Date of Graduation
Eberly College of Arts and Sciences
Tracy L. Morris.
Previous research has identified parental rejection and control as important factors in the development of childhood anxiety. However, information about the relationship between these constructs and child outcomes has been limited by ambiguous definition and difficulty in performing experimental manipulations. This study attempted to address these issues by examining self-reported anxiety and anxious behavior in 47 college undergraduates who interacted with either a warm- responsive partner or a critical-controlling partner during an origami task. Results showed that participant condition significantly impacted self report of anxiety-distress, anger-frustration, liking for partner, and desire to see partner again. Participants who interacted with a critical-controlling partner also engaged in higher rates of self-criticism and were less likely to respond to their partner or praise the dyad than participants who interacted with a warm-responsive partner. These findings lend support to parental behavior as an important factor in establishing and maintaining patterns of anxious responding in children.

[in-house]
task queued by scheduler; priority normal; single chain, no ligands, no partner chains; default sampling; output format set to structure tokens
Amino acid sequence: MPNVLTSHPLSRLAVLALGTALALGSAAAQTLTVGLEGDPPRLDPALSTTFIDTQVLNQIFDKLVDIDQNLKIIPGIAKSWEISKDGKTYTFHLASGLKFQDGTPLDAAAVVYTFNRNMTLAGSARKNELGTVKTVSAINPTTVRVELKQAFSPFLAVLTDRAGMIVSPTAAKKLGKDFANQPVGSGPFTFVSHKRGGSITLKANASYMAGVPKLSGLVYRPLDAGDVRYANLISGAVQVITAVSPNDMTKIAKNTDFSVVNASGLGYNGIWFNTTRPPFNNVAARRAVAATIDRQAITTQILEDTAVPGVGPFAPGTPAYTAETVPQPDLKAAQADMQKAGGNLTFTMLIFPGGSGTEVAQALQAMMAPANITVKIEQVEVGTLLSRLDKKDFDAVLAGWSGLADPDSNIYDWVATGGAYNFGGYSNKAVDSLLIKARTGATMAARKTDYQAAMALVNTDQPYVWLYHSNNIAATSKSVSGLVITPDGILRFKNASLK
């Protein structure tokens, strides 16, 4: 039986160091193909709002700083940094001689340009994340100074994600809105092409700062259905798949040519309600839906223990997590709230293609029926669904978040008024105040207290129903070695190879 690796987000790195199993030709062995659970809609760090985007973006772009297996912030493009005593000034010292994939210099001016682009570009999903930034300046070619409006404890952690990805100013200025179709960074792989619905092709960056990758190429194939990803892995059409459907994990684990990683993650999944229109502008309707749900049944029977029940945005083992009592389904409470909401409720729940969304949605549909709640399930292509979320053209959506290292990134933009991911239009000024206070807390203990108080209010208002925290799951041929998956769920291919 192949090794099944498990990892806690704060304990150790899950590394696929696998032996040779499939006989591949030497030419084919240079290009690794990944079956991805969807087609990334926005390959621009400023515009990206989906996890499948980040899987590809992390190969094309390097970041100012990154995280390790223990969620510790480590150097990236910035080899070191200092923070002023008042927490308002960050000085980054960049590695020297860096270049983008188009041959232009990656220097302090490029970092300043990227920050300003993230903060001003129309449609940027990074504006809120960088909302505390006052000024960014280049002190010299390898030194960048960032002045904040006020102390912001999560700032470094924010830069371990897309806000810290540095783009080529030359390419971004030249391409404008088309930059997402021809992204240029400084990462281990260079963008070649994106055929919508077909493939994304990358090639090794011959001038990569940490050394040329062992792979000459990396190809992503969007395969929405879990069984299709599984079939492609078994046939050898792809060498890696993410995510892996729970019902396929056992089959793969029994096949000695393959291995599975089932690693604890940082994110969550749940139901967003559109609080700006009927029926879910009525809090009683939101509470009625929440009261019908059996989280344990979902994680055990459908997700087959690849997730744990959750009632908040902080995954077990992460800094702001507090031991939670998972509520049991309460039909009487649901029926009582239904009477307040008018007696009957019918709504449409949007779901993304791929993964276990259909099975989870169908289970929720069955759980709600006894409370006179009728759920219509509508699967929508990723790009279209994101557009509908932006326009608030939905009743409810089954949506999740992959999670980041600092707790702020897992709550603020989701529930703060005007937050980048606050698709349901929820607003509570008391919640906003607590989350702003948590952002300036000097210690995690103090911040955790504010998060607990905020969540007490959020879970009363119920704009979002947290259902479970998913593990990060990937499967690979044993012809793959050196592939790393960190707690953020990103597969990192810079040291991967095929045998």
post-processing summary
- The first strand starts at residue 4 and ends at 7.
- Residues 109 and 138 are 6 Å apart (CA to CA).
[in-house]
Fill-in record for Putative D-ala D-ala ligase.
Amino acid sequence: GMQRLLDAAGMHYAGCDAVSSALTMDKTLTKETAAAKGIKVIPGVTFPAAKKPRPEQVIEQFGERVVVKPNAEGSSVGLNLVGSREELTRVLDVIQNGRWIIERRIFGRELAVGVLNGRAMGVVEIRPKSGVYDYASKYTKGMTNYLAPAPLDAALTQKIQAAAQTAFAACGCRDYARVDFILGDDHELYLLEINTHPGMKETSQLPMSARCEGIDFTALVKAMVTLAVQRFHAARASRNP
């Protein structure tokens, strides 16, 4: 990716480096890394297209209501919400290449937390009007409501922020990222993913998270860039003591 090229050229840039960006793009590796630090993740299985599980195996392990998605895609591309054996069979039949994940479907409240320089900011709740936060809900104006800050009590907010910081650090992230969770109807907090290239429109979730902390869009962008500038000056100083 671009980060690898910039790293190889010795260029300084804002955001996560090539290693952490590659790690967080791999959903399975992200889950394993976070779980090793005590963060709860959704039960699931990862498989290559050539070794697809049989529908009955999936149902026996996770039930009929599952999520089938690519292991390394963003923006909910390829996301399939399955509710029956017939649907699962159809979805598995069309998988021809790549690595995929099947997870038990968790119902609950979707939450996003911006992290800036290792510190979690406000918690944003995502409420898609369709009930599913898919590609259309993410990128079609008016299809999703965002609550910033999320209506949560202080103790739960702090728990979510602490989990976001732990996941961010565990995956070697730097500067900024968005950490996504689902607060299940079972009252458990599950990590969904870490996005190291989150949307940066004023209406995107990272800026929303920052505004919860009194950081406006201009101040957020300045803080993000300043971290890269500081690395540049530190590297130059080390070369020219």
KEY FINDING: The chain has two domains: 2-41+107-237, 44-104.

Prout, Joanna T., "Dyadic Interaction: The Effects of Controlling and Critical Behavior versus Warm and Responsive Behavior on Participant Behavior and Emotional Response" (2011). Graduate Theses, Dissertations, and Problem Reports. 3435.